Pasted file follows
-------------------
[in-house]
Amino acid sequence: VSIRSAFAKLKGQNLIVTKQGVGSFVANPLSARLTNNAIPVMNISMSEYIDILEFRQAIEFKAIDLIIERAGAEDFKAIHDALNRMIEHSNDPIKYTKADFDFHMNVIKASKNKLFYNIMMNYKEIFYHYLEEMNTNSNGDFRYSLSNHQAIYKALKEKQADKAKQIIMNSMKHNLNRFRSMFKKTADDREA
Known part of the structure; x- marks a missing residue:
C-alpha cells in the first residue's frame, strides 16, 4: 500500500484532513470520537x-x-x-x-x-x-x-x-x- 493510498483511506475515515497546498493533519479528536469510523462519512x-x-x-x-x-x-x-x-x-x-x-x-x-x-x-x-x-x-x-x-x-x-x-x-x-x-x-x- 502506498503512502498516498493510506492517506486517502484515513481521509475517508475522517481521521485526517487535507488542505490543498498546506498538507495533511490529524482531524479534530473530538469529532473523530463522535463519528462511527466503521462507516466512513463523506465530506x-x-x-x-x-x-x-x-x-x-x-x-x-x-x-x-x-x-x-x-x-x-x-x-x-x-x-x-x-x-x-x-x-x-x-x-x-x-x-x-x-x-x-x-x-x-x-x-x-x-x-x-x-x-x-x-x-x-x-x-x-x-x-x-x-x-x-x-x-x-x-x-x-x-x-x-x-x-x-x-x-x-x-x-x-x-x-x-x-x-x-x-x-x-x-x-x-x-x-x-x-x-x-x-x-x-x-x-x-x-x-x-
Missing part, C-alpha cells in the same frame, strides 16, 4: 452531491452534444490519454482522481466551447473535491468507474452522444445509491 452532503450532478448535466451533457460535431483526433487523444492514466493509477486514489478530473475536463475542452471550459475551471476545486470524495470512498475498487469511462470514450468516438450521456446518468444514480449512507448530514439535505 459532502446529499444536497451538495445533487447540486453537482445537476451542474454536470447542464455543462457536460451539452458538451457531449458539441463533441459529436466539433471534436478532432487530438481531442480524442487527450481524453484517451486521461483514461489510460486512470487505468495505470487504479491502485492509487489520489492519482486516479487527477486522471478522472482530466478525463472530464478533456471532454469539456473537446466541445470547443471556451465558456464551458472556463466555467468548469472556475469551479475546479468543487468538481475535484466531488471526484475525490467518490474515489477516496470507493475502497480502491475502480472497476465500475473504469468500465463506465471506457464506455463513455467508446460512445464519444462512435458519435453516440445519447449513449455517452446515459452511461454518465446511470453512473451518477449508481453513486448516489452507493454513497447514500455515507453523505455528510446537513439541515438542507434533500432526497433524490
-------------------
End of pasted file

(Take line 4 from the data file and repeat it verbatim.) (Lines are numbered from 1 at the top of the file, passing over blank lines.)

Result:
C-alpha cells in the first residue's frame, strides 16, 4: 500500500484532513470520537x-x-x-x-x-x-x-x-x- 493510498483511506475515515497546498493533519479528536469510523462519512x-x-x-x-x-x-x-x-x-x-x-x-x-x-x-x-x-x-x-x-x-x-x-x-x-x-x-x- 502506498503512502498516498493510506492517506486517502484515513481521509475517508475522517481521521485526517487535507488542505490543498498546506498538507495533511490529524482531524479534530473530538469529532473523530463522535463519528462511527466503521462507516466512513463523506465530506x-x-x-x-x-x-x-x-x-x-x-x-x-x-x-x-x-x-x-x-x-x-x-x-x-x-x-x-x-x-x-x-x-x-x-x-x-x-x-x-x-x-x-x-x-x-x-x-x-x-x-x-x-x-x-x-x-x-x-x-x-x-x-x-x-x-x-x-x-x-x-x-x-x-x-x-x-x-x-x-x-x-x-x-x-x-x-x-x-x-x-x-x-x-x-x-x-x-x-x-x-x-x-x-x-x-x-x-x-x-x-x-